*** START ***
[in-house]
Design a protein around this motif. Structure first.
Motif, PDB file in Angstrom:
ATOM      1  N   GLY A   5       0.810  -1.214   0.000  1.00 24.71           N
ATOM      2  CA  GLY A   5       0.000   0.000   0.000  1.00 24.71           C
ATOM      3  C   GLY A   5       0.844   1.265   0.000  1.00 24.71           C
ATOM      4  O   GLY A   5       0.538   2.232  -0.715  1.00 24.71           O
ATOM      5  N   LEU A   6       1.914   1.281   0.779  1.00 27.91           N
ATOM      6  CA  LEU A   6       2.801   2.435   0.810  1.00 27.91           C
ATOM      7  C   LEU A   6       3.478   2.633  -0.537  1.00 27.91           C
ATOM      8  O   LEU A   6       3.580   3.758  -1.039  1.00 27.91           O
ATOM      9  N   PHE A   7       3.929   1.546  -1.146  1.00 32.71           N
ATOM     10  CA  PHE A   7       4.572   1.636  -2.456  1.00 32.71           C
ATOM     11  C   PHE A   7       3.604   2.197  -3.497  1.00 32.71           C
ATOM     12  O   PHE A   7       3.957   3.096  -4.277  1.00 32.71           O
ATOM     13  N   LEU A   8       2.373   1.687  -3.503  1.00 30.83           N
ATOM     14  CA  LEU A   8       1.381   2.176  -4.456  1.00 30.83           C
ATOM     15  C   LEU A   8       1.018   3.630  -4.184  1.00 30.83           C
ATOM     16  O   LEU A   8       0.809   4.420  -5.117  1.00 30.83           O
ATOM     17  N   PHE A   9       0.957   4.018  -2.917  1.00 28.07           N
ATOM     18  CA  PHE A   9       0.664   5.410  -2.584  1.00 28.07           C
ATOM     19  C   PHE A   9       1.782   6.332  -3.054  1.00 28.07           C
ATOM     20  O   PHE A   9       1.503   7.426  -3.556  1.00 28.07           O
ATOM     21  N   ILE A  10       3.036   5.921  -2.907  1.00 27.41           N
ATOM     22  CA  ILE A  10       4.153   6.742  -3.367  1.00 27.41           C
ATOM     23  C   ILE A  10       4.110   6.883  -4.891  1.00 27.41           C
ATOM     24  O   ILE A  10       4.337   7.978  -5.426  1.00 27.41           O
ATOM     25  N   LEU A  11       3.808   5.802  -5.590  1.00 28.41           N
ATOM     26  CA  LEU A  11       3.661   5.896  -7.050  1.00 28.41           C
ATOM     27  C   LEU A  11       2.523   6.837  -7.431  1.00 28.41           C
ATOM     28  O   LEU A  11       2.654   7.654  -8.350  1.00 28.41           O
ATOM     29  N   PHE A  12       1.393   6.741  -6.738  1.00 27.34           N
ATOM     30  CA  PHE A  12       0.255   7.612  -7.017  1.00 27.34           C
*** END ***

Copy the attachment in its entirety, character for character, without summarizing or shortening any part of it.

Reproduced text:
[in-house]
Design a protein around this motif. Structure first.
Motif, PDB file in Angstrom:
ATOM      1  N   GLY A   5       0.810  -1.214   0.000  1.00 24.71           N
ATOM      2  CA  GLY A   5       0.000   0.000   0.000  1.00 24.71           C
ATOM      3  C   GLY A   5       0.844   1.265   0.000  1.00 24.71           C
ATOM      4  O   GLY A   5       0.538   2.232  -0.715  1.00 24.71           O
ATOM      5  N   LEU A   6       1.914   1.281   0.779  1.00 27.91           N
ATOM      6  CA  LEU A   6       2.801   2.435   0.810  1.00 27.91           C
ATOM      7  C   LEU A   6       3.478   2.633  -0.537  1.00 27.91           C
ATOM      8  O   LEU A   6       3.580   3.758  -1.039  1.00 27.91           O
ATOM      9  N   PHE A   7       3.929   1.546  -1.146  1.00 32.71           N
ATOM     10  CA  PHE A   7       4.572   1.636  -2.456  1.00 32.71           C
ATOM     11  C   PHE A   7       3.604   2.197  -3.497  1.00 32.71           C
ATOM     12  O   PHE A   7       3.957   3.096  -4.277  1.00 32.71           O
ATOM     13  N   LEU A   8       2.373   1.687  -3.503  1.00 30.83           N
ATOM     14  CA  LEU A   8       1.381   2.176  -4.456  1.00 30.83           C
ATOM     15  C   LEU A   8       1.018   3.630  -4.184  1.00 30.83           C
ATOM     16  O   LEU A   8       0.809   4.420  -5.117  1.00 30.83           O
ATOM     17  N   PHE A   9       0.957   4.018  -2.917  1.00 28.07           N
ATOM     18  CA  PHE A   9       0.664   5.410  -2.584  1.00 28.07           C
ATOM     19  C   PHE A   9       1.782   6.332  -3.054  1.00 28.07           C
ATOM     20  O   PHE A   9       1.503   7.426  -3.556  1.00 28.07           O
ATOM     21  N   ILE A  10       3.036   5.921  -2.907  1.00 27.41           N
ATOM     22  CA  ILE A  10       4.153   6.742  -3.367  1.00 27.41           C
ATOM     23  C   ILE A  10       4.110   6.883  -4.891  1.00 27.41           C
ATOM     24  O   ILE A  10       4.337   7.978  -5.426  1.00 27.41           O
ATOM     25  N   LEU A  11       3.808   5.802  -5.590  1.00 28.41           N
ATOM     26  CA  LEU A  11       3.661   5.896  -7.050  1.00 28.41           C
ATOM     27  C   LEU A  11       2.523   6.837  -7.431  1.00 28.41           C
ATOM     28  O   LEU A  11       2.654   7.654  -8.350  1.00 28.41           O
ATOM     29  N   PHE A  12       1.393   6.741  -6.738  1.00 27.34           N
ATOM     30  CA  PHE A  12       0.255   7.612  -7.017  1.00 27.34           C